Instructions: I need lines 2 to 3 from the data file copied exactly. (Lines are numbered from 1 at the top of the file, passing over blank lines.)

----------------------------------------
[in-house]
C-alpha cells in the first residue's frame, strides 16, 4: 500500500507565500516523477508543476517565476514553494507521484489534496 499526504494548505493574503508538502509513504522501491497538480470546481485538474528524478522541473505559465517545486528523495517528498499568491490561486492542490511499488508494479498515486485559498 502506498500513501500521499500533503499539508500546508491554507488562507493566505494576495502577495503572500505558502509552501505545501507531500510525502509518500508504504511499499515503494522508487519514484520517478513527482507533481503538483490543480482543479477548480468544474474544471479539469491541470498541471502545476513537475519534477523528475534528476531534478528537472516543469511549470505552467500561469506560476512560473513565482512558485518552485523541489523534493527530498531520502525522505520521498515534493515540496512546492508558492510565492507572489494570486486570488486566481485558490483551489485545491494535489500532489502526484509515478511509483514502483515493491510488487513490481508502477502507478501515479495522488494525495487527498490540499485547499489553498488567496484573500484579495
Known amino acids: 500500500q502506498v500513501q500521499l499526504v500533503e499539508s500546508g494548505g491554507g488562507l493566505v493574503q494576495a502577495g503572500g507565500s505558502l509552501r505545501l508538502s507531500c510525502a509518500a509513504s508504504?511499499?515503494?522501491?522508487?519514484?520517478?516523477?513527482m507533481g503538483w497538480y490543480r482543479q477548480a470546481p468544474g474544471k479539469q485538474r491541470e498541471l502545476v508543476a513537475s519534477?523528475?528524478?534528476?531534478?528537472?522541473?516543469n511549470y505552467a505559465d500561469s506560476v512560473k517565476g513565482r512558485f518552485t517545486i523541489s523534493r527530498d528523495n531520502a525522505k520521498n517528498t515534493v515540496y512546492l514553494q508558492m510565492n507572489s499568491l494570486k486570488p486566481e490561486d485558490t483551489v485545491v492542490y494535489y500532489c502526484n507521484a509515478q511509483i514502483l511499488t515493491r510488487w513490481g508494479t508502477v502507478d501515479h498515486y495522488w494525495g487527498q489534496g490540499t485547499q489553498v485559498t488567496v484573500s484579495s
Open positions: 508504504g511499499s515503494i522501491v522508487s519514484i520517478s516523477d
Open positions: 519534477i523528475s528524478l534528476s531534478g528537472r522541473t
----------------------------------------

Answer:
C-alpha cells in the first residue's frame, strides 16, 4: 500500500507565500516523477508543476517565476514553494507521484489534496 499526504494548505493574503508538502509513504522501491497538480470546481485538474528524478522541473505559465517545486528523495517528498499568491490561486492542490511499488508494479498515486485559498 502506498500513501500521499500533503499539508500546508491554507488562507493566505494576495502577495503572500505558502509552501505545501507531500510525502509518500508504504511499499515503494522508487519514484520517478513527482507533481503538483490543480482543479477548480468544474474544471479539469491541470498541471502545476513537475519534477523528475534528476531534478528537472516543469511549470505552467500561469506560476512560473513565482512558485518552485523541489523534493527530498531520502525522505520521498515534493515540496512546492508558492510565492507572489494570486486570488486566481485558490483551489485545491494535489500532489502526484509515478511509483514502483515493491510488487513490481508502477502507478501515479495522488494525495487527498490540499485547499489553498488567496484573500484579495
Known amino acids: 500500500q502506498v500513501q500521499l499526504v500533503e499539508s500546508g494548505g491554507g488562507l493566505v493574503q494576495a502577495g503572500g507565500s505558502l509552501r505545501l508538502s507531500c510525502a509518500a509513504s508504504?511499499?515503494?522501491?522508487?519514484?520517478?516523477?513527482m507533481g503538483w497538480y490543480r482543479q477548480a470546481p468544474g474544471k479539469q485538474r491541470e498541471l502545476v508543476a513537475s519534477?523528475?528524478?534528476?531534478?528537472?522541473?516543469n511549470y505552467a505559465d500561469s506560476v512560473k517565476g513565482r512558485f518552485t517545486i523541489s523534493r527530498d528523495n531520502a525522505k520521498n517528498t515534493v515540496y512546492l514553494q508558492m510565492n507572489s499568491l494570486k486570488p486566481e490561486d485558490t483551489v485545491v492542490y494535489y500532489c502526484n507521484a509515478q511509483i514502483l511499488t515493491r510488487w513490481g508494479t508502477v502507478d501515479h498515486y495522488w494525495g487527498q489534496g490540499t485547499q489553498v485559498t488567496v484573500s484579495s